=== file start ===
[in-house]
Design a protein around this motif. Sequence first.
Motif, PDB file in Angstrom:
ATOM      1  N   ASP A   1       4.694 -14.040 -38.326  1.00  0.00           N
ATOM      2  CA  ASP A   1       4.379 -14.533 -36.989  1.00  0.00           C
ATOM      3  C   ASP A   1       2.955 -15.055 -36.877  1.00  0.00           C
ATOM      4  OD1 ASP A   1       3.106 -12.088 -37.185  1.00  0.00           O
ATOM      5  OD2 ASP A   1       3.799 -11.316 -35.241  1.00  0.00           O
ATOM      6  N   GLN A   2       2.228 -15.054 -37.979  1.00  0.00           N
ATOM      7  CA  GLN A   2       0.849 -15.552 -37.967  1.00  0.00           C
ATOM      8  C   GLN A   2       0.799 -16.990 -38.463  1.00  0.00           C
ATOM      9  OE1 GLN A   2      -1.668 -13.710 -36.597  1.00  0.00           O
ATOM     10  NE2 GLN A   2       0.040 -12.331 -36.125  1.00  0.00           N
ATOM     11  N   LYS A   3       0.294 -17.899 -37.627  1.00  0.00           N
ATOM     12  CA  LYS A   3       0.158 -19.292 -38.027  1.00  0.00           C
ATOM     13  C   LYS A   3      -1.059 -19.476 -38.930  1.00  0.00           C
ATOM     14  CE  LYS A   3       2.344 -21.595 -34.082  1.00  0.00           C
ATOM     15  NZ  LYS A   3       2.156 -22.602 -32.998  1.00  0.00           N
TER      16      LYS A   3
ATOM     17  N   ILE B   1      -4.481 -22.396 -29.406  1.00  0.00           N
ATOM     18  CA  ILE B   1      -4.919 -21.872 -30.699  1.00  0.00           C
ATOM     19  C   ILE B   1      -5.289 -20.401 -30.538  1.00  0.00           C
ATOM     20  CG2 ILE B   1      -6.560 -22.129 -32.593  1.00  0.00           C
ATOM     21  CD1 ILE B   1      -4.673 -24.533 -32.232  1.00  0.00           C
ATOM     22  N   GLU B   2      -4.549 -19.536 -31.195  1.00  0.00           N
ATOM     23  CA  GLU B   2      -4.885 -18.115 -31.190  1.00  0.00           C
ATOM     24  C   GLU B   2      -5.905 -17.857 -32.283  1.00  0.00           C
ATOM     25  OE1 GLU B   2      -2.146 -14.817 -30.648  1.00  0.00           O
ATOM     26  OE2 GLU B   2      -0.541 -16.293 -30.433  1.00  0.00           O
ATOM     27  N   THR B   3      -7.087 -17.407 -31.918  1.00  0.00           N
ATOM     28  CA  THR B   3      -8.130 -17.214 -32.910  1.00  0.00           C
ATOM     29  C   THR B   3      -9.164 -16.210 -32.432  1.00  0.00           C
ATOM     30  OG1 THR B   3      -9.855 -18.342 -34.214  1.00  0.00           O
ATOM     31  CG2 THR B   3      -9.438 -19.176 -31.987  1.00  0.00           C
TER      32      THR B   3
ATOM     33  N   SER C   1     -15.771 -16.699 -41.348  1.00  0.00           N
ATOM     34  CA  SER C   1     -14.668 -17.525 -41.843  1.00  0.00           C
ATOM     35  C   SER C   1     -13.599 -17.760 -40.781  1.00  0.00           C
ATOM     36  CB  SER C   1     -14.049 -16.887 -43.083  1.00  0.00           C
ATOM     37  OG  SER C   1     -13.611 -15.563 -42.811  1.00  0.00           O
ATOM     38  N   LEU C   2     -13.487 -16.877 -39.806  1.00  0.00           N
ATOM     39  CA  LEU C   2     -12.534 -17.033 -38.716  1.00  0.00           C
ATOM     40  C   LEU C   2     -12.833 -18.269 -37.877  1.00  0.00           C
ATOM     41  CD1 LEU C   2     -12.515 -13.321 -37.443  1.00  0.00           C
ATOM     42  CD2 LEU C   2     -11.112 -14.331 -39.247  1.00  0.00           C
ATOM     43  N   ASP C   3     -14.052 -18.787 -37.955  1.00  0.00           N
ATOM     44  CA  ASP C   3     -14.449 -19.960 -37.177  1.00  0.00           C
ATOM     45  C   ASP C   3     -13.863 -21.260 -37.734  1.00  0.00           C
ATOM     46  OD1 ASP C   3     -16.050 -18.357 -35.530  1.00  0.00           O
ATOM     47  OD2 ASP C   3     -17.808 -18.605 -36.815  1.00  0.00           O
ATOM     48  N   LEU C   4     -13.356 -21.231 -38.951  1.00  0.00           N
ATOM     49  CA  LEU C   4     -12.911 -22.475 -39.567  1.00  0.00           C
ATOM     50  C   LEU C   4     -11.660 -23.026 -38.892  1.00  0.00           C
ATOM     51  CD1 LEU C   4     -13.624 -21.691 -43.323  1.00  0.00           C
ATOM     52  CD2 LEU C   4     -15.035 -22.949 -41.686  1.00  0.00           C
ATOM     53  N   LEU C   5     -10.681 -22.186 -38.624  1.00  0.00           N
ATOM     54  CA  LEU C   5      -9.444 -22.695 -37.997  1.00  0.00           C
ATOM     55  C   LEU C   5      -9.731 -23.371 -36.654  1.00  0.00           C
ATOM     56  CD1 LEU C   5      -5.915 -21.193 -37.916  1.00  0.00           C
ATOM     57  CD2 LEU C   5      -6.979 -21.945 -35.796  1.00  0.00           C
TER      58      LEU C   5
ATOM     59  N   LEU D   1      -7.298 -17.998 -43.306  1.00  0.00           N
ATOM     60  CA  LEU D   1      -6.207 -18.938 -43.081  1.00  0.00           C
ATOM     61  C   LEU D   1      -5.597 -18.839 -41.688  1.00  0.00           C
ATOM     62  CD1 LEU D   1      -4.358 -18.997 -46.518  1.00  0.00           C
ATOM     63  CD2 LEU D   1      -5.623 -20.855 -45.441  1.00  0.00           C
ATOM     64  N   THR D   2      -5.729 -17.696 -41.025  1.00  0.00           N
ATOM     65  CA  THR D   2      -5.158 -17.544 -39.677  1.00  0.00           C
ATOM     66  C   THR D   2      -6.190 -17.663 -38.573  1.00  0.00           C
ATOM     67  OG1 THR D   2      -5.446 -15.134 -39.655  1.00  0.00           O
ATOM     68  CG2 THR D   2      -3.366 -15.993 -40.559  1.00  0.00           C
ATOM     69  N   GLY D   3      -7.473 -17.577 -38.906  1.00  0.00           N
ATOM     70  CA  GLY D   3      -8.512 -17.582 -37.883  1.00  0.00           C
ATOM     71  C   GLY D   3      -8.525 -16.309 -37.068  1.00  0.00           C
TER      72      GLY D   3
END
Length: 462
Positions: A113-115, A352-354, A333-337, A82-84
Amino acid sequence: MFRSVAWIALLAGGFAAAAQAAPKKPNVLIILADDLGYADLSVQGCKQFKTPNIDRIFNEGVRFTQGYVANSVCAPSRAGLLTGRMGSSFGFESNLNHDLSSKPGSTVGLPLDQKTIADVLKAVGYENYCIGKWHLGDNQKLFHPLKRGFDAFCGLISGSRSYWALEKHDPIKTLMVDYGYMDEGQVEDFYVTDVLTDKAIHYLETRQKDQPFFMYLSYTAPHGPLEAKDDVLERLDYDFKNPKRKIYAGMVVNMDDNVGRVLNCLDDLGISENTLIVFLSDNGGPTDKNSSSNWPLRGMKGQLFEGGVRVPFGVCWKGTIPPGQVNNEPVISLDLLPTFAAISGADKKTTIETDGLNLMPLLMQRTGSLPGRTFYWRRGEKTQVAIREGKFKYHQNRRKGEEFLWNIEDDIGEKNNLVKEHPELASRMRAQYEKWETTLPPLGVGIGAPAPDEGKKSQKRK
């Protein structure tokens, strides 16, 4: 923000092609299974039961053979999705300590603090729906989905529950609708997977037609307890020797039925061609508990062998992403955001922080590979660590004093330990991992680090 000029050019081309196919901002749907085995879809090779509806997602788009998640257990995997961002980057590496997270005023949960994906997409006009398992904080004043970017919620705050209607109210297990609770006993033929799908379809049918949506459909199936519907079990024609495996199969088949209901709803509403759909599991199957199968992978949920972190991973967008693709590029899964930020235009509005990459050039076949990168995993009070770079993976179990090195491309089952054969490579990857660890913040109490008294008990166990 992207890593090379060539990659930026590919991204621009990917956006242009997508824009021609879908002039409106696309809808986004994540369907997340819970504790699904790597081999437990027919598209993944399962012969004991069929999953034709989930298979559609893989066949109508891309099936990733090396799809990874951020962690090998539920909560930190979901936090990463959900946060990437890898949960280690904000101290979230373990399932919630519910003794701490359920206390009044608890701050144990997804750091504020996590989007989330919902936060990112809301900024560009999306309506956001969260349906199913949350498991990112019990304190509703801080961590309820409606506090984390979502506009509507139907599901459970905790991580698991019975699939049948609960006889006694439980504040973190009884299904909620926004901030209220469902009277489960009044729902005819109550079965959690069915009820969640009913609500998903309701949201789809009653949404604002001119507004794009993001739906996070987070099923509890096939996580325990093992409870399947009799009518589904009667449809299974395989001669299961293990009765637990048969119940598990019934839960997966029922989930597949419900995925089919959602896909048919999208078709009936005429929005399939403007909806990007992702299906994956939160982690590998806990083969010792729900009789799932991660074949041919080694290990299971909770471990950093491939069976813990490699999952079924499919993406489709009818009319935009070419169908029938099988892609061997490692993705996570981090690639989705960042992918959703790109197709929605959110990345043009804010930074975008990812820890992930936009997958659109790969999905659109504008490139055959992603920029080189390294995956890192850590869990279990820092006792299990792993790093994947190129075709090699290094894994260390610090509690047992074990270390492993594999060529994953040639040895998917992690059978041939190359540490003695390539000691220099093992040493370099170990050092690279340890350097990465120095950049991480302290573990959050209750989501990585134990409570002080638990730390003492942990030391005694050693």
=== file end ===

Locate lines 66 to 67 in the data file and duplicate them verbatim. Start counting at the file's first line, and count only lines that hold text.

ATOM     63  CD2 LEU D   1      -5.623 -20.855 -45.441  1.00  0.00           C
ATOM     64  N   THR D   2      -5.729 -17.696 -41.025  1.00  0.00           N